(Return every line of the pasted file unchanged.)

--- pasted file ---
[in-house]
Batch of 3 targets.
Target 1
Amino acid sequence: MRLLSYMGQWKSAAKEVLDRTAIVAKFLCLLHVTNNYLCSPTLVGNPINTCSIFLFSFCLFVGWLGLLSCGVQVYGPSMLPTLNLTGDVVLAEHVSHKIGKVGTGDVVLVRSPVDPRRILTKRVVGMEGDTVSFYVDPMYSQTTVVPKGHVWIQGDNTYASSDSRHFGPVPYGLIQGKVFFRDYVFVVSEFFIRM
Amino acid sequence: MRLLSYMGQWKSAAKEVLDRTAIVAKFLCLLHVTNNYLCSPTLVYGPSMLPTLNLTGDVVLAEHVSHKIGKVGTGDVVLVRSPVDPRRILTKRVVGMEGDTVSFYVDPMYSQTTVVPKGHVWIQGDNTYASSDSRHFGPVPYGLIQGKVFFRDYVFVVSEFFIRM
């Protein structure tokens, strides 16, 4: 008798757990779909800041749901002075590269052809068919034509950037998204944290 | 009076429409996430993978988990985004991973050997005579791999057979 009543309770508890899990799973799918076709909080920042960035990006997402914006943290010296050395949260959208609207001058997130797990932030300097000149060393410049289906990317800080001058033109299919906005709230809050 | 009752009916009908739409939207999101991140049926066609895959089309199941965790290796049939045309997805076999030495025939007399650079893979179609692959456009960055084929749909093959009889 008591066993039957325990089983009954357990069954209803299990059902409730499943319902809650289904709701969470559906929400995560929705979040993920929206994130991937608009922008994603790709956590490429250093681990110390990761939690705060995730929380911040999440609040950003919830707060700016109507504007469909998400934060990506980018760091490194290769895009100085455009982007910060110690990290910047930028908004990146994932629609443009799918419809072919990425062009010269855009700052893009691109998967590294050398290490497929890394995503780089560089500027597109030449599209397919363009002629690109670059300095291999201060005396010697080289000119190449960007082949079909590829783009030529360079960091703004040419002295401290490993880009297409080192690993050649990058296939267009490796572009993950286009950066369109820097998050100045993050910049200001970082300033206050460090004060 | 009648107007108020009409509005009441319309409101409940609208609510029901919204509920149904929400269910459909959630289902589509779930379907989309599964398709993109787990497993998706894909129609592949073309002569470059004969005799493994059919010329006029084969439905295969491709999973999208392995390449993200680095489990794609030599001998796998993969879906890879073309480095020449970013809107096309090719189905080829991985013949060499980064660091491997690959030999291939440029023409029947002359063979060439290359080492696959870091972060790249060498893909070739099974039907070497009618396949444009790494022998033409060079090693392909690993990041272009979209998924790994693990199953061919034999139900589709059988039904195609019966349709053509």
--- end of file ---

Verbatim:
[in-house]
Batch of 3 targets.
Target 1
Amino acid sequence: MRLLSYMGQWKSAAKEVLDRTAIVAKFLCLLHVTNNYLCSPTLVGNPINTCSIFLFSFCLFVGWLGLLSCGVQVYGPSMLPTLNLTGDVVLAEHVSHKIGKVGTGDVVLVRSPVDPRRILTKRVVGMEGDTVSFYVDPMYSQTTVVPKGHVWIQGDNTYASSDSRHFGPVPYGLIQGKVFFRDYVFVVSEFFIRM
Amino acid sequence: MRLLSYMGQWKSAAKEVLDRTAIVAKFLCLLHVTNNYLCSPTLVYGPSMLPTLNLTGDVVLAEHVSHKIGKVGTGDVVLVRSPVDPRRILTKRVVGMEGDTVSFYVDPMYSQTTVVPKGHVWIQGDNTYASSDSRHFGPVPYGLIQGKVFFRDYVFVVSEFFIRM
């Protein structure tokens, strides 16, 4: 008798757990779909800041749901002075590269052809068919034509950037998204944290 | 009076429409996430993978988990985004991973050997005579791999057979 009543309770508890899990799973799918076709909080920042960035990006997402914006943290010296050395949260959208609207001058997130797990932030300097000149060393410049289906990317800080001058033109299919906005709230809050 | 009752009916009908739409939207999101991140049926066609895959089309199941965790290796049939045309997805076999030495025939007399650079893979179609692959456009960055084929749909093959009889 008591066993039957325990089983009954357990069954209803299990059902409730499943319902809650289904709701969470559906929400995560929705979040993920929206994130991937608009922008994603790709956590490429250093681990110390990761939690705060995730929380911040999440609040950003919830707060700016109507504007469909998400934060990506980018760091490194290769895009100085455009982007910060110690990290910047930028908004990146994932629609443009799918419809072919990425062009010269855009700052893009691109998967590294050398290490497929890394995503780089560089500027597109030449599209397919363009002629690109670059300095291999201060005396010697080289000119190449960007082949079909590829783009030529360079960091703004040419002295401290490993880009297409080192690993050649990058296939267009490796572009993950286009950066369109820097998050100045993050910049200001970082300033206050460090004060 | 009648107007108020009409509005009441319309409101409940609208609510029901919204509920149904929400269910459909959630289902589509779930379907989309599964398709993109787990497993998706894909129609592949073309002569470059004969005799493994059919010329006029084969439905295969491709999973999208392995390449993200680095489990794609030599001998796998993969879906890879073309480095020449970013809107096309090719189905080829991985013949060499980064660091491997690959030999291939440029023409029947002359063979060439290359080492696959870091972060790249060498893909070739099974039907070497009618396949444009790494022998033409060079090693392909690993990041272009979209998924790994693990199953061919034999139900589709059988039904195609019966349709053509």